Purchase Links: Amazon | Barnes and Noble | Goodreads

Author Bio:

Jonette Blake

Jonette Blake writes supernatural thrillers and suspense thrillers. She is the author of over ten books and dozens of short stories, writing as D L Richardson. ​She was born in Ireland and grew up in Australia. She lived through the 80s and music is still a big part of her life. When she is not writing, she plays her piano and guitar, listens to music, reads, and enjoys the beach. ​She has held jobs in administration, sales and marketing, has worked in HR, payroll, and as a bank teller. Her last novel The Widow Catcher is based on the coastal town she lives in and her own bank teller experience.

Catch Up With Jonette Blake:
www.JonetteBlake.com
Goodreads
BookBub – @iandebr
Instagram – @debbielrichardson
Twitter – @DLRichardson1
Facebook – @JonetteBlake

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Guest Post: Deb Pines – A PLAGUE AMONG US

Good day, book people. We’re one day closer to the end of this month. Are you anything like me and turn into a super-judgmental reader when browsing books in the library or bookstore? Yes, I read the synopsis on the back of the book and occasionally even read the blurbs, but it’s the book cover that either pulls me in or turns me completely off. Talk about judging a book by its cover?! I know that some publishing companies may offer an author a choice of covers to choose from before publication, but most authors say that they have very little input into the actual cover design unless independently publishing. I’m excited to welcome today’s guest, Deb Pines, author of A Plague Among Us. Ms. Pines will be discussing book covers with us and I hope you’ll enjoy what she has to share. Thank you, Ms. Pines, for joining us today. I can’t wait to see what you’ll be sharing.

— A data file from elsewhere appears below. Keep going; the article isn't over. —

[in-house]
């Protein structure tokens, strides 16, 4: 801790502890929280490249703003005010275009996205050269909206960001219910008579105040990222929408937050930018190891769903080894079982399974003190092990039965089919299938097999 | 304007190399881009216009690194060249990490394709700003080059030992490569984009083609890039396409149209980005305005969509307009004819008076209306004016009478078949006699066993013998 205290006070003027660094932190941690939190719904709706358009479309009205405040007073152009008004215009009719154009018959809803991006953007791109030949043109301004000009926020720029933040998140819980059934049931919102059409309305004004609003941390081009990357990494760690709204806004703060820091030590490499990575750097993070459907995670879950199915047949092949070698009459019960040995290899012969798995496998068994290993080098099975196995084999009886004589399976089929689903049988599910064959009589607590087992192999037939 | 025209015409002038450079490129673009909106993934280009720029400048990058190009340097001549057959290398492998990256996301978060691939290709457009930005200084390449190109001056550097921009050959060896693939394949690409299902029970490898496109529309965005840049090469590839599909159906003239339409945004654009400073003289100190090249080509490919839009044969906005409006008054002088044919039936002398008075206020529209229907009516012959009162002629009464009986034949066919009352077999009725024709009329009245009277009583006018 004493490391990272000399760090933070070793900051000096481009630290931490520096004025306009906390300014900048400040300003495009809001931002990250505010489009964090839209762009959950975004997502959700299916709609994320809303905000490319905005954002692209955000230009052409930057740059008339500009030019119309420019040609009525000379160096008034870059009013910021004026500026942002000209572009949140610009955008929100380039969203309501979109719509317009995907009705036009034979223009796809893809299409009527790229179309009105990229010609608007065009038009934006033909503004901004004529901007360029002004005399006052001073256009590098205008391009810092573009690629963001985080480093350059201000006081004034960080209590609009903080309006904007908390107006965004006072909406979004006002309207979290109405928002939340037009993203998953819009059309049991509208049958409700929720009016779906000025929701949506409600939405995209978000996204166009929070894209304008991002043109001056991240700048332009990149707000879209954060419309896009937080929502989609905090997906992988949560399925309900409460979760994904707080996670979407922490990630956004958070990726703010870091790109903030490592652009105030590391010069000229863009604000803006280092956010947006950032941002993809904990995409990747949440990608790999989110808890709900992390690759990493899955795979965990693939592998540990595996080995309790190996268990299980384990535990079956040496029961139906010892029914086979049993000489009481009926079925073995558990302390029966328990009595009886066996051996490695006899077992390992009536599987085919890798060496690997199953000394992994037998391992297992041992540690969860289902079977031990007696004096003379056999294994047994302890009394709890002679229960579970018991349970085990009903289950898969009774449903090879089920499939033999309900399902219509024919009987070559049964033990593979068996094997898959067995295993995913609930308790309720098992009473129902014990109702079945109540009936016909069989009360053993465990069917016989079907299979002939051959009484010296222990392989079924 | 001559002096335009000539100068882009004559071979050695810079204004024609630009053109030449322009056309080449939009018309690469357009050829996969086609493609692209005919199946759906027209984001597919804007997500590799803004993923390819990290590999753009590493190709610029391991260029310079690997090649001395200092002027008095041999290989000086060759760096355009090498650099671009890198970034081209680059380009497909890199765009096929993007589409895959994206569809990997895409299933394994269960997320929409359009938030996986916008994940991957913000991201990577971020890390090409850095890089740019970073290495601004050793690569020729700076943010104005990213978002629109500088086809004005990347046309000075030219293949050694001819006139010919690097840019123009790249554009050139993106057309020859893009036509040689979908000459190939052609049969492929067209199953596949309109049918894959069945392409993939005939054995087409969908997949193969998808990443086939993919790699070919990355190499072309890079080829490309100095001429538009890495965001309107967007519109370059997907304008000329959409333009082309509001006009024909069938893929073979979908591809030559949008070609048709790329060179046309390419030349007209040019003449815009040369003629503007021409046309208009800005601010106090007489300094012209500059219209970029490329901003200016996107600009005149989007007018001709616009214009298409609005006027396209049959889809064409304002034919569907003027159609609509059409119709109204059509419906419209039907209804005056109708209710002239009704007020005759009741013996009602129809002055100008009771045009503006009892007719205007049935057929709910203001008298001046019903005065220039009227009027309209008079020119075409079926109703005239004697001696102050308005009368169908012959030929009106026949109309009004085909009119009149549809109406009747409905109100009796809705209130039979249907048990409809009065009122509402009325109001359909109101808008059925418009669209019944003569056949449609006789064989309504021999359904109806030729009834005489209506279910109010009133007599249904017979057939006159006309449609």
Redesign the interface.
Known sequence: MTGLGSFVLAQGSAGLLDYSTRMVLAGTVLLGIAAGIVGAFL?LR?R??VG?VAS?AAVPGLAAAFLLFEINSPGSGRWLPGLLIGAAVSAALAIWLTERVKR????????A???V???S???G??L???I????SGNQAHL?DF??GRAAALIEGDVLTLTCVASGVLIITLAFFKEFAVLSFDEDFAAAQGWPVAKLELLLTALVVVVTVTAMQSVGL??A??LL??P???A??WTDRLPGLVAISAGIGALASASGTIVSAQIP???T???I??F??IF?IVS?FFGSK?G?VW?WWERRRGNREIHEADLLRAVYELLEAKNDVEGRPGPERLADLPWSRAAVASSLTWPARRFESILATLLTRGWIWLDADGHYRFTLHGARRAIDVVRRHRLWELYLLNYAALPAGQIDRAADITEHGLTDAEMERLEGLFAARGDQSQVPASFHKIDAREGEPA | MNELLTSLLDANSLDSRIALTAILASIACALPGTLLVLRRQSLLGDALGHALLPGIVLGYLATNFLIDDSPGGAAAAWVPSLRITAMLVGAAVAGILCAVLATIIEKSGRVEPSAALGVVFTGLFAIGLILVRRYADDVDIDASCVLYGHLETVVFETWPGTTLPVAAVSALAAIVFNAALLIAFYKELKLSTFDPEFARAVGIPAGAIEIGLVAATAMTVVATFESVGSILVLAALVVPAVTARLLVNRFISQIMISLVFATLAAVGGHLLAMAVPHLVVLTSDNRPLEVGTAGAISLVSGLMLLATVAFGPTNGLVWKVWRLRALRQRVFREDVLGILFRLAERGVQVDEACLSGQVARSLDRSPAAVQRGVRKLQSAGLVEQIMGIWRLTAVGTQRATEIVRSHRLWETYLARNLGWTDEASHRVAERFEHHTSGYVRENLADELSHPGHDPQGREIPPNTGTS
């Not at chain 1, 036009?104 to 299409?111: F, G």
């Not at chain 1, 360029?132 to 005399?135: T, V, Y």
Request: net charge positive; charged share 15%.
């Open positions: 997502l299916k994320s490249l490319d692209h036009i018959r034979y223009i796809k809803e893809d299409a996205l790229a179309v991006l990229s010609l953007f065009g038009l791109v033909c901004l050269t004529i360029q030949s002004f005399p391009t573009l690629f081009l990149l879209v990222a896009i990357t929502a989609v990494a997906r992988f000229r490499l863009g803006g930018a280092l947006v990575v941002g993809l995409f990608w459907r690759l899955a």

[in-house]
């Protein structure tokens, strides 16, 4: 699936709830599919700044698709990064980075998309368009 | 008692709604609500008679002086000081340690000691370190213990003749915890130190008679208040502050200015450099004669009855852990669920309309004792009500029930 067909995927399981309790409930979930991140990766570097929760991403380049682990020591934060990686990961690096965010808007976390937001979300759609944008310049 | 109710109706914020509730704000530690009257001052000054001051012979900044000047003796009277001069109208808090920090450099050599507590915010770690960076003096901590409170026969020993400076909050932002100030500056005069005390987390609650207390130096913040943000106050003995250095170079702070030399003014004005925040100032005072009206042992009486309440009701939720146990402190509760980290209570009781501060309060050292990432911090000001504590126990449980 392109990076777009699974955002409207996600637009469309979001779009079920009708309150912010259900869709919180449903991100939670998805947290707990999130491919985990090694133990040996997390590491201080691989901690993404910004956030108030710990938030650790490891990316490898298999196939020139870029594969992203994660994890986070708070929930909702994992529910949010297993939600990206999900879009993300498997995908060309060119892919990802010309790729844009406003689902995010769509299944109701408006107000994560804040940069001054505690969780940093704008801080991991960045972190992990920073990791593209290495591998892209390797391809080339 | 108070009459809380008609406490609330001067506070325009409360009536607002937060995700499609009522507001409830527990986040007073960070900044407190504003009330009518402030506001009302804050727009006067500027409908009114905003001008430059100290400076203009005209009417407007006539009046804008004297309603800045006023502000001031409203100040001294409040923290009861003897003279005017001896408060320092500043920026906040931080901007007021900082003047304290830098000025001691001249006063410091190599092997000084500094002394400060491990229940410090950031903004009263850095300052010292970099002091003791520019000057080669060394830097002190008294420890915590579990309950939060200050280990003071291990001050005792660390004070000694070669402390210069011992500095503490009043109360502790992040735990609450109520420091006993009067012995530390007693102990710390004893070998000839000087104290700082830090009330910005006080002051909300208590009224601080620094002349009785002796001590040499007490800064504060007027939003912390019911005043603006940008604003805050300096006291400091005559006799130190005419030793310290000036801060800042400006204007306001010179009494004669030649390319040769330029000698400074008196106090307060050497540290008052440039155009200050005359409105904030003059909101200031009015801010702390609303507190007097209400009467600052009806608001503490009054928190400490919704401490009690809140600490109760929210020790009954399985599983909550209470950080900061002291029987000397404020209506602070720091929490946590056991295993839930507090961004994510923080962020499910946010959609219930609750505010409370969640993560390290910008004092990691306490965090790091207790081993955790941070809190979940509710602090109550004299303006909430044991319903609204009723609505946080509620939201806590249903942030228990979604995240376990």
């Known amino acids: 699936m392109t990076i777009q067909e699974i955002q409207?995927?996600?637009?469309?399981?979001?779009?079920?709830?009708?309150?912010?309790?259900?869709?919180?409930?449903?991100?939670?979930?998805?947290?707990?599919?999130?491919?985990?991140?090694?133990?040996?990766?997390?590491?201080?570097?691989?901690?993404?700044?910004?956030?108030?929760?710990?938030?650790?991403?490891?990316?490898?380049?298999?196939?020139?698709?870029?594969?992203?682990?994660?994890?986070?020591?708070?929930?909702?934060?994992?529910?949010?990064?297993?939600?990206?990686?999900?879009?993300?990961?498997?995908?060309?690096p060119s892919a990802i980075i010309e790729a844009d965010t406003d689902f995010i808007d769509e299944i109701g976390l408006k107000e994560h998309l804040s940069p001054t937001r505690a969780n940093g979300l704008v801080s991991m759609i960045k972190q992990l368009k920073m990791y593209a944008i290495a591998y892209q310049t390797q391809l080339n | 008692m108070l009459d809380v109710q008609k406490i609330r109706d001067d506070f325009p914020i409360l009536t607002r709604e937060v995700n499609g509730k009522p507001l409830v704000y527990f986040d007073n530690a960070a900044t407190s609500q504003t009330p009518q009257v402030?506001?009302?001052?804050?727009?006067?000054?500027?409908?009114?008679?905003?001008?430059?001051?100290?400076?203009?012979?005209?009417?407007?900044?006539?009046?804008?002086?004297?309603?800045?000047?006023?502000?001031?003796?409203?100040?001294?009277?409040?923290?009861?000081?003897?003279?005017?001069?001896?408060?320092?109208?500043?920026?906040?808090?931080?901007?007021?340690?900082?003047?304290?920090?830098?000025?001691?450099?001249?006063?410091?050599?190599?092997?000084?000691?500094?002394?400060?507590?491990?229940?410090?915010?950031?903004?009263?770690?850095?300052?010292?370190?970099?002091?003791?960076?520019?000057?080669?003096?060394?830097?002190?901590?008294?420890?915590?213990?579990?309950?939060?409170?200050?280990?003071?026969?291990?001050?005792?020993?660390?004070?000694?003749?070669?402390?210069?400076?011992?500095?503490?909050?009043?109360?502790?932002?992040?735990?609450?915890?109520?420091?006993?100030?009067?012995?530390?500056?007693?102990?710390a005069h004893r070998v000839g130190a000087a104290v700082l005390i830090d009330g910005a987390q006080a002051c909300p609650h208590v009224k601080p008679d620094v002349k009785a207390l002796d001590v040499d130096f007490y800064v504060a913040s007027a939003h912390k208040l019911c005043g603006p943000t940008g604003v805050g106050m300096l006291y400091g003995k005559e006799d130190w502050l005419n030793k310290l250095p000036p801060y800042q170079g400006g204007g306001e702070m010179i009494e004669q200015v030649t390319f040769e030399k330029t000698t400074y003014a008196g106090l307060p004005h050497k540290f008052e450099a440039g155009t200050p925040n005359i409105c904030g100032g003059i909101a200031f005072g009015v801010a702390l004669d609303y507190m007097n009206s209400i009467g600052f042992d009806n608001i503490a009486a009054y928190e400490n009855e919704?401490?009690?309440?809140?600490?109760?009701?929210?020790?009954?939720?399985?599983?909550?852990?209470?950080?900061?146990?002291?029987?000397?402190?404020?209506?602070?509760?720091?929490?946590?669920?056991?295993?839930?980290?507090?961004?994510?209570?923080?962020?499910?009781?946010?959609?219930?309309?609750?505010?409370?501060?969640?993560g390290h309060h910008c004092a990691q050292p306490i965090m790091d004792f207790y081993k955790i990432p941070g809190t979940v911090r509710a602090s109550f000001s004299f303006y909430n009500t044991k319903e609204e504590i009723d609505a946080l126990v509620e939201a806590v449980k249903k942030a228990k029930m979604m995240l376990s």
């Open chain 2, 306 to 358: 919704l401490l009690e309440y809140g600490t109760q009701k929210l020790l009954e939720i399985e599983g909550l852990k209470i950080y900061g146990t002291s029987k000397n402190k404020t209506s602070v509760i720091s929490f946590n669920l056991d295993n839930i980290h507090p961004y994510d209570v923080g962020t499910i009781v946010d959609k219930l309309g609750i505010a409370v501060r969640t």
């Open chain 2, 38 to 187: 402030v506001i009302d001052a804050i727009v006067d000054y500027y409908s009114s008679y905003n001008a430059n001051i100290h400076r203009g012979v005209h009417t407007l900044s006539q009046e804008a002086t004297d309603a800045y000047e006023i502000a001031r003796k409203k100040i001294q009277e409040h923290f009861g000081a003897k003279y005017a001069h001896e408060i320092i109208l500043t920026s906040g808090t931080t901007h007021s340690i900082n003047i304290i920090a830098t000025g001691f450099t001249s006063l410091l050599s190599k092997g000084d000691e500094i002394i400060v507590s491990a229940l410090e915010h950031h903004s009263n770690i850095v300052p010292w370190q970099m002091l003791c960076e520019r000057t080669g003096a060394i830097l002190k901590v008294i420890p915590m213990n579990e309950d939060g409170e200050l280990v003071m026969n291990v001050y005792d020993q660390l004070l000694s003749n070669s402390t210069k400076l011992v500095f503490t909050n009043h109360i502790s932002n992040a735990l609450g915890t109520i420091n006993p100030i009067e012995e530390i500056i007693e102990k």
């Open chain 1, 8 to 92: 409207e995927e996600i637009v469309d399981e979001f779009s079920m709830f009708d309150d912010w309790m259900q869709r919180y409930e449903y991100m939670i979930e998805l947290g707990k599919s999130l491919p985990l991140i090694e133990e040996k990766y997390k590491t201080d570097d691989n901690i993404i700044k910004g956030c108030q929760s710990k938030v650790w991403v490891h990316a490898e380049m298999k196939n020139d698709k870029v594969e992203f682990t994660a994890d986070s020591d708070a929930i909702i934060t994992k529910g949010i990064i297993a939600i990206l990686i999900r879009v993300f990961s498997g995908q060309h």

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The cover for my latest book, A Plague Among Us, Book #8 in my self-published murder mystery series, is my favorite yet.

It reflects not just gained knowledge since I launched Book #1 in 2013. It reflects a mindset change, too.

Until now, I’ve mainly applied new wisdom to my writing and editing.

My book covers?

Out of my lane, I told myself. Beyond my area of expertise. Most cover-design decisions I left to my cover designer (my nephew’s ex-boyfriend).

For this book, (and, to a lesser extent, Book #7) I’ve changed my stance. I’ve taken a bigger role in my cover design. And gotten greedier.

Before, I mainly wanted two things.

I wanted 1) an attractive cover that 2) signaled that my books are set in the Chautauqua Institution, a churchy, quirky, historic, Victorian cottage-filled, lakeside summer arts community in far western New York State. The first six book covers were attractive (I think), featuring a different Chautauqua landmark on each.